Impact protection (IK) values explained

Compliance Engineering Pty Ltd

Thursday, 23 February, 2023


Impact protection (IK) values explained

When specifying enclosures for electrical equipment, you want to ensure that they are high quality and long-lasting.

Since customers rely on this endurance, you want your products to function well in any environment — no matter how harsh it is. To provide the durability you need, such enclosures have to go through performance tests. One of these performance tests is impact protection, commonly known as IK testing.

What is IK and, by extension, what are IK values? Continue reading to find out more about this topic.

What are IK values and what are they used for?

The initials ‘IK’ stand for impact protection. Impact protection is expressed in IK value, a metric used in LED and other metallic casings to describe how well an enclosure is protected against mechanical impact. In this case, the ‘K’ stands for kinetic energy, which is energy in motion. The K is used to differentiate from IP rating.

In other words, IK values are used to show how resistant an enclosure is when subjected to an external force. IK ratings are indicated with an IK and a number following it. This number could be anything from 0 to 10. The higher the number, the better protection an electrical enclosure provides against external mechanical impacts.

What do IK rating numbers mean?

As mentioned before, IK rating values range from 0 to 10. The higher the number, the more energy impact a product can handle. Consequently, the more robust it is against kinetic energy.

Here are IK ratings and their meanings:

  • IK 00 – No impact resistance
  • IK 01 – 0.15 J shock resistance
  • IK 02 – 0.2 J shock resistance (This is standard resistance from typical open fixture/housing)
  • IK 03 – 0.35 J shock resistance (Typically found in closed fixtures/housing with polymethacrylate shield)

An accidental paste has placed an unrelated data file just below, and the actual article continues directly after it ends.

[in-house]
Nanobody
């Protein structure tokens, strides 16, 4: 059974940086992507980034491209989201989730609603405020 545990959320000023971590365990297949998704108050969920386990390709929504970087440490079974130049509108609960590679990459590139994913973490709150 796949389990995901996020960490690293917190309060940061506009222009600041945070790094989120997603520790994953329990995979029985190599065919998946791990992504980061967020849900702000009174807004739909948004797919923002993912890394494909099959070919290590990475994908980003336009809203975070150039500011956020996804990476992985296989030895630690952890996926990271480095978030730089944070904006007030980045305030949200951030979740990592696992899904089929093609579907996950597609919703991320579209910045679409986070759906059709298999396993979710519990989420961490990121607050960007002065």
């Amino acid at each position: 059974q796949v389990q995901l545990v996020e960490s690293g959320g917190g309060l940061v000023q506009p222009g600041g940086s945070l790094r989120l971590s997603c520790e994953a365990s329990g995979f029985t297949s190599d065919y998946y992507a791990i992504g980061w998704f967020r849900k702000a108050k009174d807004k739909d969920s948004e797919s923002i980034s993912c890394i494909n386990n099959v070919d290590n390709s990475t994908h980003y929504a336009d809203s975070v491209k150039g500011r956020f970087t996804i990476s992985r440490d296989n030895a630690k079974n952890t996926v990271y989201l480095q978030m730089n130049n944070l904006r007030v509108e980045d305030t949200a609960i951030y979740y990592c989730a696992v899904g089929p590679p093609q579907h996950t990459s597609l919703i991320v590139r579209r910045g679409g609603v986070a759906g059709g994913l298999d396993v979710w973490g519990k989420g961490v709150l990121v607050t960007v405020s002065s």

• IK 04 – 0.5 J shock resistance
  • IK 05 – 0.7 J shock resistance (Found in open fixtures that have reinforced optics)
  • IK 06 – 1 J shock resistance
  • IK 07– 2 J shock resistance (reinforced)
  • IK 08 – 5 J shock resistance (Found in closed fixtures that have a glass or polycarbonate cover to protect against vandalism)
  • IK 09 – 10 J shock resistance
  • IK 10 – 20 J shock resistance (These ones have a Superior quality mark and are used in vandal-resistant closed fixtures)

Why are IK values important?

IK values are important for a number of reasons, including:

1) Indicate impact protection levels

While most technology is used in housing and other safe environments, some are fitted in harsh areas that could be subject to rough impacts and attempted vandalism. These areas can include busy commercial settings, public spaces and other vulnerable areas.

In such a case, users need a robust product that can maintain safety at a higher impact. As a product manufacturer, you need the right kind of impact protection available for your target market, since each application varies in terms of IK classification.

2) IK ratings affect the life of the light source

IK ratings are an important factor to consider when buying technology. This is not just because people want something strong for harsher environments, but because that could make a difference in the life of their equipment. A product’s functionality may be compromised or lost entirely when damaged.

3) Better ratings mean little to low maintenance

When a product is rated high on the IK rating scale, customers feel at ease. That’s because they won’t deal with damages that result in higher costs for maintenance or replacement. Lastly, it means that they don’t need to restrict access to certain sections because of the fear of damaging equipment.

Compliance Engineering is an accredited and definitive source for all of your electromagnetic compatibility (EMC) requirements, including: product certification (RCM, CE, automotive, military and railway), product safety testing, environmental testing (temperature and humidity, vibration and shock, and ingress protection), RF interference (RFI), RF hazard (EMR), RF shielded enclosures (Faraday cages), RF absorber (RAM) and EMC filters.

Image credit: Compliance Engineering

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